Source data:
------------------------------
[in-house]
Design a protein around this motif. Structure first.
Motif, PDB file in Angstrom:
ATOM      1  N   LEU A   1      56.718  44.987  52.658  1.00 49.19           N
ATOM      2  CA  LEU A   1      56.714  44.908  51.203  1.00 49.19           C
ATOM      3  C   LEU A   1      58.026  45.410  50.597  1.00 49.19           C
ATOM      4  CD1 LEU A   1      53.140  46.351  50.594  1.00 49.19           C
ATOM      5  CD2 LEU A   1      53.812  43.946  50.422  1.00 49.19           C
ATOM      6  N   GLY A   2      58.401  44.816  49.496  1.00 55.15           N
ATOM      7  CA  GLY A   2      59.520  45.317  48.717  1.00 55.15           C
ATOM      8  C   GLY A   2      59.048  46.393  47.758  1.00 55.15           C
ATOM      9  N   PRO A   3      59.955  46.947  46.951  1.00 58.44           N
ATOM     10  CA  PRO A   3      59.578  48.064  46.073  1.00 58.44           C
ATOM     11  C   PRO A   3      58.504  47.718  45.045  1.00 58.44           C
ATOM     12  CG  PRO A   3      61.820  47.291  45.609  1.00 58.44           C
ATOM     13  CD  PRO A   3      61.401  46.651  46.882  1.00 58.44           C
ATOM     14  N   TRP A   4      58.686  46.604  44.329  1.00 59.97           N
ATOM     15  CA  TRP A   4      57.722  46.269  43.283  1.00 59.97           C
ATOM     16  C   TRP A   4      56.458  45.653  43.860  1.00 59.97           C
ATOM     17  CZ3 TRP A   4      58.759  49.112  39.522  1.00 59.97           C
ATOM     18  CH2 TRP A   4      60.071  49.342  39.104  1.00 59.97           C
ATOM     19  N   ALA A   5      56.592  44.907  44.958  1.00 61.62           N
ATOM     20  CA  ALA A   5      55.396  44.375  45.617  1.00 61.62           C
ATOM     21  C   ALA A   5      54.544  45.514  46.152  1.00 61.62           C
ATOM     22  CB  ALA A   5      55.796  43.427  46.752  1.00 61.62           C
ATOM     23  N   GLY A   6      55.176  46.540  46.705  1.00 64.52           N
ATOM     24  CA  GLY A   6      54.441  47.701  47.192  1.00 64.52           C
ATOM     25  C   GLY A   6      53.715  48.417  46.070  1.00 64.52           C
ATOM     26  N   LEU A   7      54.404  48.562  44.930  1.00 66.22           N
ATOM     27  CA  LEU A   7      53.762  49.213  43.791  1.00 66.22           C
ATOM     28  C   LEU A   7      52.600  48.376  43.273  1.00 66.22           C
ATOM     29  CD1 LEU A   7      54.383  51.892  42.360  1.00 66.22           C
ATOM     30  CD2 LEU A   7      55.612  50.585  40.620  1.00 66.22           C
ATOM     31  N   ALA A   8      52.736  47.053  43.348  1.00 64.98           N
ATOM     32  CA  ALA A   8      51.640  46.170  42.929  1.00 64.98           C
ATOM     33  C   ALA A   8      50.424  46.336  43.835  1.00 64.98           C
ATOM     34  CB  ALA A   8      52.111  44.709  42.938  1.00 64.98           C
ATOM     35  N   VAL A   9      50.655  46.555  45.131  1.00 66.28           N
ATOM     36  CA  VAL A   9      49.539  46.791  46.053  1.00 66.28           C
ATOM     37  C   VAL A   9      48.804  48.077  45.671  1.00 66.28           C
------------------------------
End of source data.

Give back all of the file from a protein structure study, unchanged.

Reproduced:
[in-house]
Design a protein around this motif. Structure first.
Motif, PDB file in Angstrom:
ATOM      1  N   LEU A   1      56.718  44.987  52.658  1.00 49.19           N
ATOM      2  CA  LEU A   1      56.714  44.908  51.203  1.00 49.19           C
ATOM      3  C   LEU A   1      58.026  45.410  50.597  1.00 49.19           C
ATOM      4  CD1 LEU A   1      53.140  46.351  50.594  1.00 49.19           C
ATOM      5  CD2 LEU A   1      53.812  43.946  50.422  1.00 49.19           C
ATOM      6  N   GLY A   2      58.401  44.816  49.496  1.00 55.15           N
ATOM      7  CA  GLY A   2      59.520  45.317  48.717  1.00 55.15           C
ATOM      8  C   GLY A   2      59.048  46.393  47.758  1.00 55.15           C
ATOM      9  N   PRO A   3      59.955  46.947  46.951  1.00 58.44           N
ATOM     10  CA  PRO A   3      59.578  48.064  46.073  1.00 58.44           C
ATOM     11  C   PRO A   3      58.504  47.718  45.045  1.00 58.44           C
ATOM     12  CG  PRO A   3      61.820  47.291  45.609  1.00 58.44           C
ATOM     13  CD  PRO A   3      61.401  46.651  46.882  1.00 58.44           C
ATOM     14  N   TRP A   4      58.686  46.604  44.329  1.00 59.97           N
ATOM     15  CA  TRP A   4      57.722  46.269  43.283  1.00 59.97           C
ATOM     16  C   TRP A   4      56.458  45.653  43.860  1.00 59.97           C
ATOM     17  CZ3 TRP A   4      58.759  49.112  39.522  1.00 59.97           C
ATOM     18  CH2 TRP A   4      60.071  49.342  39.104  1.00 59.97           C
ATOM     19  N   ALA A   5      56.592  44.907  44.958  1.00 61.62           N
ATOM     20  CA  ALA A   5      55.396  44.375  45.617  1.00 61.62           C
ATOM     21  C   ALA A   5      54.544  45.514  46.152  1.00 61.62           C
ATOM     22  CB  ALA A   5      55.796  43.427  46.752  1.00 61.62           C
ATOM     23  N   GLY A   6      55.176  46.540  46.705  1.00 64.52           N
ATOM     24  CA  GLY A   6      54.441  47.701  47.192  1.00 64.52           C
ATOM     25  C   GLY A   6      53.715  48.417  46.070  1.00 64.52           C
ATOM     26  N   LEU A   7      54.404  48.562  44.930  1.00 66.22           N
ATOM     27  CA  LEU A   7      53.762  49.213  43.791  1.00 66.22           C
ATOM     28  C   LEU A   7      52.600  48.376  43.273  1.00 66.22           C
ATOM     29  CD1 LEU A   7      54.383  51.892  42.360  1.00 66.22           C
ATOM     30  CD2 LEU A   7      55.612  50.585  40.620  1.00 66.22           C
ATOM     31  N   ALA A   8      52.736  47.053  43.348  1.00 64.98           N
ATOM     32  CA  ALA A   8      51.640  46.170  42.929  1.00 64.98           C
ATOM     33  C   ALA A   8      50.424  46.336  43.835  1.00 64.98           C
ATOM     34  CB  ALA A   8      52.111  44.709  42.938  1.00 64.98           C
ATOM     35  N   VAL A   9      50.655  46.555  45.131  1.00 66.28           N
ATOM     36  CA  VAL A   9      49.539  46.791  46.053  1.00 66.28           C
ATOM     37  C   VAL A   9      48.804  48.077  45.671  1.00 66.28           C